Tuesday, 12 January 2010

Keep your New Year’s resolutions on track

Over-indulgence and the festive period often go together hand in hand and many New Year’s resolutions seem to include getting fitter, eating better or drinking less.

However good your intentions may be, it can be difficult to keep on track, even for the whole of January. It might be cold and dark outside, being back at work might be stressful, or you might simply be too busy to keep on top of things, which leads us to fall back into old routines and give up on our resolutions.

So, should we just give up the concept of New Year’s resolutions, or can we make it easier for ourselves to keep up the good work?

Research has shown that it takes around 30 days to develop a new habit, whether good or bad, and given the fact that the average resolution lasts for 5 days, it is obvious why most people’s resolutions do not succeed. You need to keep up with your good habit for at least 30 days in order for it to become a part of your life.

One way to do this can be to break down your one major goal into smaller chunks to make it more manageable.

For example, if you want to exercise more, there’s probably no point in pushing yourselves to do 2 hours of exercise a day, and giving up after a few days because you don’t have the time, or energy to fit it in. Instead you need to work out small steps you can take to achieve this goal, for example, fitting in short bursts of exercise whenever you can such as walking more, taking the stairs rather than the lift, or gardening. To start with aim to exercise for 10-15 minutes a day and work that up to at least 30 minutes every day.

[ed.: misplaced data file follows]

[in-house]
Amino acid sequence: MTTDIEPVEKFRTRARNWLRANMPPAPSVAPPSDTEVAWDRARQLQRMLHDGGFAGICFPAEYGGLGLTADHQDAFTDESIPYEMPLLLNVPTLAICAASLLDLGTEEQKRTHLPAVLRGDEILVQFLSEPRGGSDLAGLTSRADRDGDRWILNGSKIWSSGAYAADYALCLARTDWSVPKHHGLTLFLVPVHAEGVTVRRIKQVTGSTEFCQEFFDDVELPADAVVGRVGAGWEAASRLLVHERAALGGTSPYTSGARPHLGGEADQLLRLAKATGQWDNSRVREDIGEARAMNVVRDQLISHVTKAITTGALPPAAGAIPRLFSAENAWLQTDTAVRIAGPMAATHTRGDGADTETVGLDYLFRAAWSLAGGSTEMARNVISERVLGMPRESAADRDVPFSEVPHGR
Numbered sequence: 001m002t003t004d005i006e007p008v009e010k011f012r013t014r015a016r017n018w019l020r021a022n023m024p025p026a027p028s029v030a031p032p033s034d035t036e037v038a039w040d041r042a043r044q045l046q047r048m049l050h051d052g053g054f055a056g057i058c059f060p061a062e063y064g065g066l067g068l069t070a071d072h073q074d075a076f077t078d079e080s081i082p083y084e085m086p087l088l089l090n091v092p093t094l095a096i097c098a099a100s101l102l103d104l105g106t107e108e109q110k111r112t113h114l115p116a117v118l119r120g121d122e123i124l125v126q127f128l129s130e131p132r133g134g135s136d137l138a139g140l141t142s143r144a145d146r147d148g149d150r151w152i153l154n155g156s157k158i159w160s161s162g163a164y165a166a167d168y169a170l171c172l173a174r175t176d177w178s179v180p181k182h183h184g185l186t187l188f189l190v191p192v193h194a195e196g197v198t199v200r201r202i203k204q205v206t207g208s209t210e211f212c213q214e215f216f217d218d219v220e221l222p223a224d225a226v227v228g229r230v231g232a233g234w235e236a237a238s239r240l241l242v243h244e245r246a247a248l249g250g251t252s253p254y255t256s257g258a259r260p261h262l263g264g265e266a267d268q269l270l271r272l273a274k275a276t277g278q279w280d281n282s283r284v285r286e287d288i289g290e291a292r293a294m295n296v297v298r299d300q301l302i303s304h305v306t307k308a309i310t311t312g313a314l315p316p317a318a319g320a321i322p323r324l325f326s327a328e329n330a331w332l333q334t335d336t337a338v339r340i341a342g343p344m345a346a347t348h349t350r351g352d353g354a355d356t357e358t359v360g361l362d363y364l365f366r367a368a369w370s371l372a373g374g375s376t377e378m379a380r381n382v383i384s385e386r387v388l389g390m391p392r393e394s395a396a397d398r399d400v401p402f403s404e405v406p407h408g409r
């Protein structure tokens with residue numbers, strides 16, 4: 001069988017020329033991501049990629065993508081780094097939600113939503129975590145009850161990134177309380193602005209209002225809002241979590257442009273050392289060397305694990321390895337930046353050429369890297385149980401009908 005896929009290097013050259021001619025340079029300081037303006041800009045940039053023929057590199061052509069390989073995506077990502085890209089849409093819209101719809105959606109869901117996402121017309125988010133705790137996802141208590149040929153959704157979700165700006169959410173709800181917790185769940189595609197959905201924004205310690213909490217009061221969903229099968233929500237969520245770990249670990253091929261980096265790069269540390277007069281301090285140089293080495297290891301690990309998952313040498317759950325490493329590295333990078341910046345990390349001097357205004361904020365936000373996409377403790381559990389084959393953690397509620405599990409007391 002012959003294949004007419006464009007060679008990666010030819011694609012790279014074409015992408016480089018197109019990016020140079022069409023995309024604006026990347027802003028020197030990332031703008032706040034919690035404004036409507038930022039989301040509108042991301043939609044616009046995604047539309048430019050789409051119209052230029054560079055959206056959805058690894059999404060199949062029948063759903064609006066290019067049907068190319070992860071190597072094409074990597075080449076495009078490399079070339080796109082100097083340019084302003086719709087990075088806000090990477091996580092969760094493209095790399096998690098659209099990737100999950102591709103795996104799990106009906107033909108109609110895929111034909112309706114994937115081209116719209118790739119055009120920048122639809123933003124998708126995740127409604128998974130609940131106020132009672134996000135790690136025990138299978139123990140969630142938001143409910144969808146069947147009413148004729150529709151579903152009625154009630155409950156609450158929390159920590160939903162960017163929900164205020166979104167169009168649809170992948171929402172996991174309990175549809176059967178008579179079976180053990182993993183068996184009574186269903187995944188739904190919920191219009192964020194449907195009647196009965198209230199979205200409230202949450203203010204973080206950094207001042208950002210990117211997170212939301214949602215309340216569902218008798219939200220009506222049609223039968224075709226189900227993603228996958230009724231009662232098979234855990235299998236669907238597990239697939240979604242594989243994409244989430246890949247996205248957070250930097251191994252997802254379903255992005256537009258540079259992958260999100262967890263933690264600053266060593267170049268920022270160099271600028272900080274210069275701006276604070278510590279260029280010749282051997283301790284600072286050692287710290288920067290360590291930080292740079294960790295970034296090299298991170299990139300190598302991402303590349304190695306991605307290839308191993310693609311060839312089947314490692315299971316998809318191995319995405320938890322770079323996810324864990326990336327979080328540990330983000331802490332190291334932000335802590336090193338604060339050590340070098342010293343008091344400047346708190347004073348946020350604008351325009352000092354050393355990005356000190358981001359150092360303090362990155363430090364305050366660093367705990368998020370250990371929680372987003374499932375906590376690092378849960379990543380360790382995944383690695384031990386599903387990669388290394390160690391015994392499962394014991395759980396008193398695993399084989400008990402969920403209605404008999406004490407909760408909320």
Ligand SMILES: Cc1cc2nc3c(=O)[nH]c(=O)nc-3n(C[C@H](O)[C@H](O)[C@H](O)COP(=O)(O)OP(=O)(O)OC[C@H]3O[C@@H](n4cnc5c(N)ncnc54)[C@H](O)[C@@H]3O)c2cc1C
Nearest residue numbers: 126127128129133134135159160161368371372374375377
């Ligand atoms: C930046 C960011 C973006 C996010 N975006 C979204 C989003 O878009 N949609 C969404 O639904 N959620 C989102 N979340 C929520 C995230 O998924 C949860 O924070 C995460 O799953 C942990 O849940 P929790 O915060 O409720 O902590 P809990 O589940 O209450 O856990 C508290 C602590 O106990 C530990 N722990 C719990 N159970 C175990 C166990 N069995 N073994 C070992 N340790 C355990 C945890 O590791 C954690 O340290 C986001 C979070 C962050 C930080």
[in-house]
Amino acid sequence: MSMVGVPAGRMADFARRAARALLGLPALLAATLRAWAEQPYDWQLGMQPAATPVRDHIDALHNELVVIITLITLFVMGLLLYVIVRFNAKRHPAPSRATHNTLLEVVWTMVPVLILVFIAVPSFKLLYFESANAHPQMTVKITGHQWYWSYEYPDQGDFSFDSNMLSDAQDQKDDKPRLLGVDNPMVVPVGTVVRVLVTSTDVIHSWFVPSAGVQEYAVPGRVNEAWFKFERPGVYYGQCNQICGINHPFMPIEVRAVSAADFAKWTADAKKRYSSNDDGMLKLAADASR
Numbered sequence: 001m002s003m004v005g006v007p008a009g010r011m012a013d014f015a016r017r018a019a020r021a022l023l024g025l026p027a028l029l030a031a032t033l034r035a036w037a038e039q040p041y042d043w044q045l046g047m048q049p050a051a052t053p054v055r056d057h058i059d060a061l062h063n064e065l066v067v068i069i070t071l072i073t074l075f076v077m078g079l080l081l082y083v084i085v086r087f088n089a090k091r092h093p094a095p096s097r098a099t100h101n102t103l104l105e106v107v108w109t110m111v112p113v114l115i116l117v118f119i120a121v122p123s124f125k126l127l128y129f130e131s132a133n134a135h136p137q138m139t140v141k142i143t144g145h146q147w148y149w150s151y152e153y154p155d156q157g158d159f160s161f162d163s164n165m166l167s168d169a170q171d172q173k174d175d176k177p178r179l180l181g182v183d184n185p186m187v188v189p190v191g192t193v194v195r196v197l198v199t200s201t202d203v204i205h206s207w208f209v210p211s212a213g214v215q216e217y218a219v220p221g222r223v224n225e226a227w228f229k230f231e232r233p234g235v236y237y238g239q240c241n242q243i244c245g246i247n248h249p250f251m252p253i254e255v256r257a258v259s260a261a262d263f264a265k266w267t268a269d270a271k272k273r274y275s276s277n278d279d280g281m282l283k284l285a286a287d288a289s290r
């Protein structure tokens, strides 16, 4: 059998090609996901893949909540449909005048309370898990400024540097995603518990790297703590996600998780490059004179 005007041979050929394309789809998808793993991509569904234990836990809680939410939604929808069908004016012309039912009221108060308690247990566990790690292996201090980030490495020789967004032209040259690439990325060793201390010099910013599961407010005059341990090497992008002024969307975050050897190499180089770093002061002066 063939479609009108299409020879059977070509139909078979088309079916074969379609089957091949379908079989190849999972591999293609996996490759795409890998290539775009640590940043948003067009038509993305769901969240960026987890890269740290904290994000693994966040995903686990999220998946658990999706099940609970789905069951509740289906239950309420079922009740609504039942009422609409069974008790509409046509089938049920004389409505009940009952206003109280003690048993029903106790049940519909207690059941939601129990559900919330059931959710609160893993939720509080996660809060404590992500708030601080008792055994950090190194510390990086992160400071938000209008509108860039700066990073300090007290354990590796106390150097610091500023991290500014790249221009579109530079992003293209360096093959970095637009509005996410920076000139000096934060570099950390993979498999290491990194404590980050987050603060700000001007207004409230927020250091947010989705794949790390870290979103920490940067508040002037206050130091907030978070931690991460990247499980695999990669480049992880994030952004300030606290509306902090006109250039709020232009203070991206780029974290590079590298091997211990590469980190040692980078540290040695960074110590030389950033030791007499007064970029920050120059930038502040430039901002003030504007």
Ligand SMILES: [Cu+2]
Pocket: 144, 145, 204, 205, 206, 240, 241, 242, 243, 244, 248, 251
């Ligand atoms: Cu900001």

MindGenius can be used to help you break down your goals. You can quickly pull together a daily, weekly or monthly plan of attack for your objectives and amend it or expand on it whenever required. In this case, you may want to create an initial 30 day plan to ensure your new healthy activity becomes a habit.



Take things slowly and don’t give up – if you don’t meet your objectives one day, start again the next day. It’s also positive to use your map as a visual record of how many steps you have taken towards your ultimate goal.

Have you ever used MindGenius for tasks like this? In my experience, the more you use MindGenius, the more you will find yourself using it as the starting point for many things in not only your business life, but also in your personal.

Do you have any interesting uses of MindGenius (work or personal) that you would like to share with other customers?

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